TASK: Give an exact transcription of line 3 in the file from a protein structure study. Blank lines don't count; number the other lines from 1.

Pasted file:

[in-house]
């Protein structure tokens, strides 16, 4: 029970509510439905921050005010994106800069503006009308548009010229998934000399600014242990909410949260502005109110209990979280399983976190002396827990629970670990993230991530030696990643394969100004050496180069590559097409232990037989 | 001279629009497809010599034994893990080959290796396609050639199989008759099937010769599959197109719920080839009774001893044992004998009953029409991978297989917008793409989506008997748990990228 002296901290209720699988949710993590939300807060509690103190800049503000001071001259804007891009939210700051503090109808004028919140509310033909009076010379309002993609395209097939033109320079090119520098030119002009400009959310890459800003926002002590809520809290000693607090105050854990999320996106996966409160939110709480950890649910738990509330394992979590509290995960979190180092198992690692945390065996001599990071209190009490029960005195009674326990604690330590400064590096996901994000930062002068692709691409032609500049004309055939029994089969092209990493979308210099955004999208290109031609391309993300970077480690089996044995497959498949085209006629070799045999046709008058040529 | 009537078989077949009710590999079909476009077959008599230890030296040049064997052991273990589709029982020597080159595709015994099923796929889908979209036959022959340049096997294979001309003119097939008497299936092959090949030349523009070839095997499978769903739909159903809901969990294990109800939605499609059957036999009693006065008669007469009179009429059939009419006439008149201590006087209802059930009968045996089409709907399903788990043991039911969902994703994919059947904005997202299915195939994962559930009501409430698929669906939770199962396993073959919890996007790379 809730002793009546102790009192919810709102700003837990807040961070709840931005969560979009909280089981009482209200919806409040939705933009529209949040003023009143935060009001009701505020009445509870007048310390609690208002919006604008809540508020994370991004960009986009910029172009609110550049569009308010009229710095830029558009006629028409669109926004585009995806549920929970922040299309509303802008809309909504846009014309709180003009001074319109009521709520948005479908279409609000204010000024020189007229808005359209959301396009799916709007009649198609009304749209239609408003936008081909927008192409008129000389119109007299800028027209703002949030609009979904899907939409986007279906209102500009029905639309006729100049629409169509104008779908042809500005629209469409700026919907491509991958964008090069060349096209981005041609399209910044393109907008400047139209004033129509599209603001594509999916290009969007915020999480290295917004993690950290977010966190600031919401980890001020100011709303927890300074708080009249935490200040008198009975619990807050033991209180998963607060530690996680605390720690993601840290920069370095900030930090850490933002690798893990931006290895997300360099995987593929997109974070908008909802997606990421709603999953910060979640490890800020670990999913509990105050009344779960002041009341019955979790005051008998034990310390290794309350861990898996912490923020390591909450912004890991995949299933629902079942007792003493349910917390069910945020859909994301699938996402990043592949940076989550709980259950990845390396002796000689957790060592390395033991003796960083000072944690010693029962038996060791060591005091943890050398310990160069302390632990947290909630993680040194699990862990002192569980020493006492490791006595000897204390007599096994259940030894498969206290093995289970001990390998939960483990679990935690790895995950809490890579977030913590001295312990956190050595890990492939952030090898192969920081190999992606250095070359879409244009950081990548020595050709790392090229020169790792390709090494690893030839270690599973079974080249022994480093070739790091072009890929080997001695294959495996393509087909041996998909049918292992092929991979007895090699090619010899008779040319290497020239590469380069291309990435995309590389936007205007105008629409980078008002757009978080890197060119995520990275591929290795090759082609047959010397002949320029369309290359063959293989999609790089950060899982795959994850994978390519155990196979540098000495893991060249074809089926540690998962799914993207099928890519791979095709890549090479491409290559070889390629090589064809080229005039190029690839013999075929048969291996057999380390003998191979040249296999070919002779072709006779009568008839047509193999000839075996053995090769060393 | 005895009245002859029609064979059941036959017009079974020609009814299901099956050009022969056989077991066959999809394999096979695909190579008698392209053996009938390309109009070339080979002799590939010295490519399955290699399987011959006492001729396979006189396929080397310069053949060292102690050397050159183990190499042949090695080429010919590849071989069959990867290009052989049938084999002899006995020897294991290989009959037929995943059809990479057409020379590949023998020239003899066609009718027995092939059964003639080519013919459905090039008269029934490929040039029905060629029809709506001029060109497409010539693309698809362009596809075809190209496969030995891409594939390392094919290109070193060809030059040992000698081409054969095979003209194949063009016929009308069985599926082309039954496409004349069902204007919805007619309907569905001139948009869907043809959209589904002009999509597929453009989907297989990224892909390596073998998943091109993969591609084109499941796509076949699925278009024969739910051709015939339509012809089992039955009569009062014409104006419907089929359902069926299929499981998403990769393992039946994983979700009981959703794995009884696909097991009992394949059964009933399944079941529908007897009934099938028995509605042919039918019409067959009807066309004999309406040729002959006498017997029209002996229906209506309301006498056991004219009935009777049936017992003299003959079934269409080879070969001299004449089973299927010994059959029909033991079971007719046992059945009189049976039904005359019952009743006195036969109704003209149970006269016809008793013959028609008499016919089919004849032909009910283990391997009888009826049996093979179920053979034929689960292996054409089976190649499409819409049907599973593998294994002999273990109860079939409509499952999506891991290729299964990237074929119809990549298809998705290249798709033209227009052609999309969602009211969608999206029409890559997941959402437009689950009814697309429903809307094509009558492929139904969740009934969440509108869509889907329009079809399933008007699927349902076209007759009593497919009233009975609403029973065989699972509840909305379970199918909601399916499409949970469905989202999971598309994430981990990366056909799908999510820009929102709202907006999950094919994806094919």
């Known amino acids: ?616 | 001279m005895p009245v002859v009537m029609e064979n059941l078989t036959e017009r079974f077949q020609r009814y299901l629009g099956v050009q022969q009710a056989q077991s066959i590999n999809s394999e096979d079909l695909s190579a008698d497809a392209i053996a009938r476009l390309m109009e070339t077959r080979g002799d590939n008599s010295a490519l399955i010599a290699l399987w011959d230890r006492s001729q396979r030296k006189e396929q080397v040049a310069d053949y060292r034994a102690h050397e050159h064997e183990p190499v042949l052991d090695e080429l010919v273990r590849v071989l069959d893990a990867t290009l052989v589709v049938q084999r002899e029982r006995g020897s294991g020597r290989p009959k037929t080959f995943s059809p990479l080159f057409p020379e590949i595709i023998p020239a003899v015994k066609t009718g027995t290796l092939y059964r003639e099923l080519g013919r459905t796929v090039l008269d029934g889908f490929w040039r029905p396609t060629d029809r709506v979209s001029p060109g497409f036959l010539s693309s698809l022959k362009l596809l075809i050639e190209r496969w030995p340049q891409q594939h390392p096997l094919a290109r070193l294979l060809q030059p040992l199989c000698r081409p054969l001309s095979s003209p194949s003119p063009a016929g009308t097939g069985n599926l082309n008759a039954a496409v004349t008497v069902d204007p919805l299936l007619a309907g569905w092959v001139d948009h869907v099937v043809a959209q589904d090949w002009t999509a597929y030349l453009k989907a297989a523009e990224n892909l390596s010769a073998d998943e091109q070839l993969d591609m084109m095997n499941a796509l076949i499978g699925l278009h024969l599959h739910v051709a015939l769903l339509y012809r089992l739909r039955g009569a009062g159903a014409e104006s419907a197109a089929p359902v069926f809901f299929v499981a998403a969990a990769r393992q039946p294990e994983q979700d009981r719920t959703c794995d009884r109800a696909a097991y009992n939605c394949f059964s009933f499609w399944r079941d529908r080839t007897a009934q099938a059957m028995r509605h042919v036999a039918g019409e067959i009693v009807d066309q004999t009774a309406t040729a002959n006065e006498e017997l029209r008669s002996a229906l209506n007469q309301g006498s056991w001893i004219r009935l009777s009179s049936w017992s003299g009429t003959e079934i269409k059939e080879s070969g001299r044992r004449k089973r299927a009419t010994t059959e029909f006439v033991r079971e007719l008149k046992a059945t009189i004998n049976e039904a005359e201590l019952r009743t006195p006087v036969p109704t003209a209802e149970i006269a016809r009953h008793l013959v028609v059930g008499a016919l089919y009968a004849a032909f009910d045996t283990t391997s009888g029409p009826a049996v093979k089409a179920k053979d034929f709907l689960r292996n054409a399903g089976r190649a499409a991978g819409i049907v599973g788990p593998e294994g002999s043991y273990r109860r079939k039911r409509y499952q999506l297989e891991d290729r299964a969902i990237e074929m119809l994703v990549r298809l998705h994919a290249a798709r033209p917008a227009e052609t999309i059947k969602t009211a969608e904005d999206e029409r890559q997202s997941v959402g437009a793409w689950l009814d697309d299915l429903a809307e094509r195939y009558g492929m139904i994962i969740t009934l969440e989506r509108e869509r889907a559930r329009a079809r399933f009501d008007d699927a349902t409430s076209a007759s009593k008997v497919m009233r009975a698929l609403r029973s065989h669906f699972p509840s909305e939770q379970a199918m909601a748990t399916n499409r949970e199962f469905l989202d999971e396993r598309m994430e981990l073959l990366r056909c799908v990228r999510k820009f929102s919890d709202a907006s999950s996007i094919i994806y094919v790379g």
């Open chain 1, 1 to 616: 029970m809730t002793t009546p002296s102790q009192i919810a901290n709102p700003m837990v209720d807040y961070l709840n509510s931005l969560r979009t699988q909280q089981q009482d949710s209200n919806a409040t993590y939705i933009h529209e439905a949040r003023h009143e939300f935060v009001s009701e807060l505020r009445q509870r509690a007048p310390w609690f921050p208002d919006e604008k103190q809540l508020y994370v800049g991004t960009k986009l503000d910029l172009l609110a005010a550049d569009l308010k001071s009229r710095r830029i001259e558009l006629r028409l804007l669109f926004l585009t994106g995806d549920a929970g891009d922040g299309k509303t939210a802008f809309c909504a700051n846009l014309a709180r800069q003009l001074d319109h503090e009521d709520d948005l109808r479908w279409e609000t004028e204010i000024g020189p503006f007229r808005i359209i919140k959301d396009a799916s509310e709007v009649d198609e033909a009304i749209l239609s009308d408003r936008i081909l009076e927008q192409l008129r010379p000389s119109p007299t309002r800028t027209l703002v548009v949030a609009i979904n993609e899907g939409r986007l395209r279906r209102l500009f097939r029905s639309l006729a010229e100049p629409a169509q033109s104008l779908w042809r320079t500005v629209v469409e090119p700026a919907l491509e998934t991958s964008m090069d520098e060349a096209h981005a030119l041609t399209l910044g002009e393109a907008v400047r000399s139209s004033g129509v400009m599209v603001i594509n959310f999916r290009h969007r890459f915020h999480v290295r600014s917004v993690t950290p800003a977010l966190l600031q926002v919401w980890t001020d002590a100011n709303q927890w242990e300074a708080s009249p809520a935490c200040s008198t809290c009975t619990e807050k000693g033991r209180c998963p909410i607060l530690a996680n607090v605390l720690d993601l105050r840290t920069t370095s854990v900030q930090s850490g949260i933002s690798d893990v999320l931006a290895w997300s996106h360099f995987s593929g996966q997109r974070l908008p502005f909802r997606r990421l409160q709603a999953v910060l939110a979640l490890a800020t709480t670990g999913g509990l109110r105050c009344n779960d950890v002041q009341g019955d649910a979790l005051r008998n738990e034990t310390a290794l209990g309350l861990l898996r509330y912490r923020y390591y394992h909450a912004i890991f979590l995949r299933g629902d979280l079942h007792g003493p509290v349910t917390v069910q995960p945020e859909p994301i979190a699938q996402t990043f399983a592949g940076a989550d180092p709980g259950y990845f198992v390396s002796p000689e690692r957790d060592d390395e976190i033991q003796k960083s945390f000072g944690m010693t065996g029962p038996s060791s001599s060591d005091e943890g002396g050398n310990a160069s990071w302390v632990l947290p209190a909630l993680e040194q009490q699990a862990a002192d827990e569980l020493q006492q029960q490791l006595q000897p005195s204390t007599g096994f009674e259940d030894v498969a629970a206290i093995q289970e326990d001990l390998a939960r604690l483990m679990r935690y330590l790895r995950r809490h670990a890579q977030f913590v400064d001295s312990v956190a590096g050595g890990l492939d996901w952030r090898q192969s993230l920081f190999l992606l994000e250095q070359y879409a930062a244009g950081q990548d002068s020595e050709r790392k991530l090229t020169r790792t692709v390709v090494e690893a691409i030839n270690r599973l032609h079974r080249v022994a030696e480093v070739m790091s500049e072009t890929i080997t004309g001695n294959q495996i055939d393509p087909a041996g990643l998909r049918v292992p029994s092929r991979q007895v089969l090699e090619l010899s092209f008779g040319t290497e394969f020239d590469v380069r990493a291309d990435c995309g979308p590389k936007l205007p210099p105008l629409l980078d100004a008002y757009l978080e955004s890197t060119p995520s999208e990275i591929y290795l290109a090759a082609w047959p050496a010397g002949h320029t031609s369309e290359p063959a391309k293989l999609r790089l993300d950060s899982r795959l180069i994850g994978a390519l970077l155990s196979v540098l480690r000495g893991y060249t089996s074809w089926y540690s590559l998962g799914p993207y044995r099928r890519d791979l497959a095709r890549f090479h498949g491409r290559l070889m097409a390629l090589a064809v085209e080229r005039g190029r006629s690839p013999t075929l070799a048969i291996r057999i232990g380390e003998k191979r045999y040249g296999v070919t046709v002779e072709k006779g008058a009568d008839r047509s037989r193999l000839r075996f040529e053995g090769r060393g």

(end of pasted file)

């Known amino acids: ?616 | 001279m005895p009245v002859v009537m029609e064979n059941l078989t036959e017009r079974f077949q020609r009814y299901l629009g099956v050009q022969q009710a056989q077991s066959i590999n999809s394999e096979d079909l695909s190579a008698d497809a392209i053996a009938r476009l390309m109009e070339t077959r080979g002799d590939n008599s010295a490519l399955i010599a290699l399987w011959d230890r006492s001729q396979r030296k006189e396929q080397v040049a310069d053949y060292r034994a102690h050397e050159h064997e183990p190499v042949l052991d090695e080429l010919v273990r590849v071989l069959d893990a990867t290009l052989v589709v049938q084999r002899e029982r006995g020897s294991g020597r290989p009959k037929t080959f995943s059809p990479l080159f057409p020379e590949i595709i023998p020239a003899v015994k066609t009718g027995t290796l092939y059964r003639e099923l080519g013919r459905t796929v090039l008269d029934g889908f490929w040039r029905p396609t060629d029809r709506v979209s001029p060109g497409f036959l010539s693309s698809l022959k362009l596809l075809i050639e190209r496969w030995p340049q891409q594939h390392p096997l094919a290109r070193l294979l060809q030059p040992l199989c000698r081409p054969l001309s095979s003209p194949s003119p063009a016929g009308t097939g069985n599926l082309n008759a039954a496409v004349t008497v069902d204007p919805l299936l007619a309907g569905w092959v001139d948009h869907v099937v043809a959209q589904d090949w002009t999509a597929y030349l453009k989907a297989a523009e990224n892909l390596s010769a073998d998943e091109q070839l993969d591609m084109m095997n499941a796509l076949i499978g699925l278009h024969l599959h739910v051709a015939l769903l339509y012809r089992l739909r039955g009569a009062g159903a014409e104006s419907a197109a089929p359902v069926f809901f299929v499981a998403a969990a990769r393992q039946p294990e994983q979700d009981r719920t959703c794995d009884r109800a696909a097991y009992n939605c394949f059964s009933f499609w399944r079941d529908r080839t007897a009934q099938a059957m028995r509605h042919v036999a039918g019409e067959i009693v009807d066309q004999t009774a309406t040729a002959n006065e006498e017997l029209r008669s002996a229906l209506n007469q309301g006498s056991w001893i004219r009935l009777s009179s049936w017992s003299g009429t003959e079934i269409k059939e080879s070969g001299r044992r004449k089973r299927a009419t010994t059959e029909f006439v033991r079971e007719l008149k046992a059945t009189i004998n049976e039904a005359e201590l019952r009743t006195p006087v036969p109704t003209a209802e149970i006269a016809r009953h008793l013959v028609v059930g008499a016919l089919y009968a004849a032909f009910d045996t283990t391997s009888g029409p009826a049996v093979k089409a179920k053979d034929f709907l689960r292996n054409a399903g089976r190649a499409a991978g819409i049907v599973g788990p593998e294994g002999s043991y273990r109860r079939k039911r409509y499952q999506l297989e891991d290729r299964a969902i990237e074929m119809l994703v990549r298809l998705h994919a290249a798709r033209p917008a227009e052609t999309i059947k969602t009211a969608e904005d999206e029409r890559q997202s997941v959402g437009a793409w689950l009814d697309d299915l429903a809307e094509r195939y009558g492929m139904i994962i969740t009934l969440e989506r509108e869509r889907a559930r329009a079809r399933f009501d008007d699927a349902t409430s076209a007759s009593k008997v497919m009233r009975a698929l609403r029973s065989h669906f699972p509840s909305e939770q379970a199918m909601a748990t399916n499409r949970e199962f469905l989202d999971e396993r598309m994430e981990l073959l990366r056909c799908v990228r999510k820009f929102s919890d709202a907006s999950s996007i094919i994806y094919v790379g």